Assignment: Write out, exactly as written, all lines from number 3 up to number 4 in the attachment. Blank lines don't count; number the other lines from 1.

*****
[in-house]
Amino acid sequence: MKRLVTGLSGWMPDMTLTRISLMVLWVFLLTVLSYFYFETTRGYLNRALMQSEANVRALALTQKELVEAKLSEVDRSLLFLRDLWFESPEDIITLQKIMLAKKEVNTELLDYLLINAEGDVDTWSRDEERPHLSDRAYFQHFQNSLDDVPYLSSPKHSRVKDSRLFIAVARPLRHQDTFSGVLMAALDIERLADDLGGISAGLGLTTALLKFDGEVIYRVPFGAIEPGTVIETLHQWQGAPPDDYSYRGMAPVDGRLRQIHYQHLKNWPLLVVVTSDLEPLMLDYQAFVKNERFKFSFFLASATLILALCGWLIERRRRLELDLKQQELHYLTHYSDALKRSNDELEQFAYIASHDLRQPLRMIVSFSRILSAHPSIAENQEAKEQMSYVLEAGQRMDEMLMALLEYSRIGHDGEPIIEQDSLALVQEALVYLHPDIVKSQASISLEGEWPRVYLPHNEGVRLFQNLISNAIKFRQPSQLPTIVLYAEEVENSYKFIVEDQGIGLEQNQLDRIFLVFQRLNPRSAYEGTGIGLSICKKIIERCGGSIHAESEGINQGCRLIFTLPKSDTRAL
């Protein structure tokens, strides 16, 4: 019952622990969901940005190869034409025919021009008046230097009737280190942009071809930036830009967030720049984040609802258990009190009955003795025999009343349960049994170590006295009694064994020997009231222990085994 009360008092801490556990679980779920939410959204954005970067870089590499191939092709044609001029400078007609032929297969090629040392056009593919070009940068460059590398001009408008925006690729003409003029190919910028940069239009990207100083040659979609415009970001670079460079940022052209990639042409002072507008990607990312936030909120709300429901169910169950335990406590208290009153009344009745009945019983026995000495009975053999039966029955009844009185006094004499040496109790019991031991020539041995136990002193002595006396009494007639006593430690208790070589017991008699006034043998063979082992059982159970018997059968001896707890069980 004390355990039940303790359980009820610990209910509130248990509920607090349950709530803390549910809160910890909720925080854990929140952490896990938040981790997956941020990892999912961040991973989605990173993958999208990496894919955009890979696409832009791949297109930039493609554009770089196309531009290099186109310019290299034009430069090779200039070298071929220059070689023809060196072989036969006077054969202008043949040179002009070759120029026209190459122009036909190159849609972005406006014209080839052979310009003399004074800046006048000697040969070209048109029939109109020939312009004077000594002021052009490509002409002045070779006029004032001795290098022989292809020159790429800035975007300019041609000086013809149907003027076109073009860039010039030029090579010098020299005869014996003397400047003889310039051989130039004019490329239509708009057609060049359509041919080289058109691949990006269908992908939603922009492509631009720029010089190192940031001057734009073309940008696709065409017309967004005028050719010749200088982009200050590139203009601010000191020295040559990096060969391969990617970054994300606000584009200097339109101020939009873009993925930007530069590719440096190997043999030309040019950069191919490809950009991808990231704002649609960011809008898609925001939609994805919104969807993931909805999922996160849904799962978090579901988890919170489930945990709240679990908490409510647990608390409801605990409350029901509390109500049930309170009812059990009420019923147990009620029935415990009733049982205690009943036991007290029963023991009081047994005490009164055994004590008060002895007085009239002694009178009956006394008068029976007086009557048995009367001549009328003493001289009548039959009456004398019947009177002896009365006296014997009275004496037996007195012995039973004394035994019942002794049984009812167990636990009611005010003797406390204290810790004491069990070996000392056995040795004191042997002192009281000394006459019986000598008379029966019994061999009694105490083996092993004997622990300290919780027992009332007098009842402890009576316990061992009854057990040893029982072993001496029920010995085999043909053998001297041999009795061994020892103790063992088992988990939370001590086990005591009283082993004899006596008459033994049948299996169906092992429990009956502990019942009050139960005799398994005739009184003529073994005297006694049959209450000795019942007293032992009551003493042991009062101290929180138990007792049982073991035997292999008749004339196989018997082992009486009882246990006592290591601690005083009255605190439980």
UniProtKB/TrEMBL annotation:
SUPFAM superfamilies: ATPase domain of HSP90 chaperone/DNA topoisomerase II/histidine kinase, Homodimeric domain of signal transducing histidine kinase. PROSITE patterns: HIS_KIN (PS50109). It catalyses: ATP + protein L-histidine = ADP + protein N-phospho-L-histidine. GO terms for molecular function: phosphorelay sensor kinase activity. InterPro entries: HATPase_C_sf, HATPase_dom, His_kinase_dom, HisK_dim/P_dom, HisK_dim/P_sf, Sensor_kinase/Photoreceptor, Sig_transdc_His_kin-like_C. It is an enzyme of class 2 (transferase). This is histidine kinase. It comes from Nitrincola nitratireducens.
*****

């Protein structure tokens, strides 16, 4: 019952622990969901940005190869034409025919021009008046230097009737280190942009071809930036830009967030720049984040609802258990009190009955003795025999009343349960049994170590006295009694064994020997009231222990085994 009360008092801490556990679980779920939410959204954005970067870089590499191939092709044609001029400078007609032929297969090629040392056009593919070009940068460059590398001009408008925006690729003409003029190919910028940069239009990207100083040659979609415009970001670079460079940022052209990639042409002072507008990607990312936030909120709300429901169910169950335990406590208290009153009344009745009945019983026995000495009975053999039966029955009844009185006094004499040496109790019991031991020539041995136990002193002595006396009494007639006593430690208790070589017991008699006034043998063979082992059982159970018997059968001896707890069980 004390355990039940303790359980009820610990209910509130248990509920607090349950709530803390549910809160910890909720925080854990929140952490896990938040981790997956941020990892999912961040991973989605990173993958999208990496894919955009890979696409832009791949297109930039493609554009770089196309531009290099186109310019290299034009430069090779200039070298071929220059070689023809060196072989036969006077054969202008043949040179002009070759120029026209190459122009036909190159849609972005406006014209080839052979310009003399004074800046006048000697040969070209048109029939109109020939312009004077000594002021052009490509002409002045070779006029004032001795290098022989292809020159790429800035975007300019041609000086013809149907003027076109073009860039010039030029090579010098020299005869014996003397400047003889310039051989130039004019490329239509708009057609060049359509041919080289058109691949990006269908992908939603922009492509631009720029010089190192940031001057734009073309940008696709065409017309967004005028050719010749200088982009200050590139203009601010000191020295040559990096060969391969990617970054994300606000584009200097339109101020939009873009993925930007530069590719440096190997043999030309040019950069191919490809950009991808990231704002649609960011809008898609925001939609994805919104969807993931909805999922996160849904799962978090579901988890919170489930945990709240679990908490409510647990608390409801605990409350029901509390109500049930309170009812059990009420019923147990009620029935415990009733049982205690009943036991007290029963023991009081047994005490009164055994004590008060002895007085009239002694009178009956006394008068029976007086009557048995009367001549009328003493001289009548039959009456004398019947009177002896009365006296014997009275004496037996007195012995039973004394035994019942002794049984009812167990636990009611005010003797406390204290810790004491069990070996000392056995040795004191042997002192009281000394006459019986000598008379029966019994061999009694105490083996092993004997622990300290919780027992009332007098009842402890009576316990061992009854057990040893029982072993001496029920010995085999043909053998001297041999009795061994020892103790063992088992988990939370001590086990005591009283082993004899006596008459033994049948299996169906092992429990009956502990019942009050139960005799398994005739009184003529073994005297006694049959209450000795019942007293032992009551003493042991009062101290929180138990007792049982073991035997292999008749004339196989018997082992009486009882246990006592290591601690005083009255605190439980």
UniProtKB/TrEMBL annotation: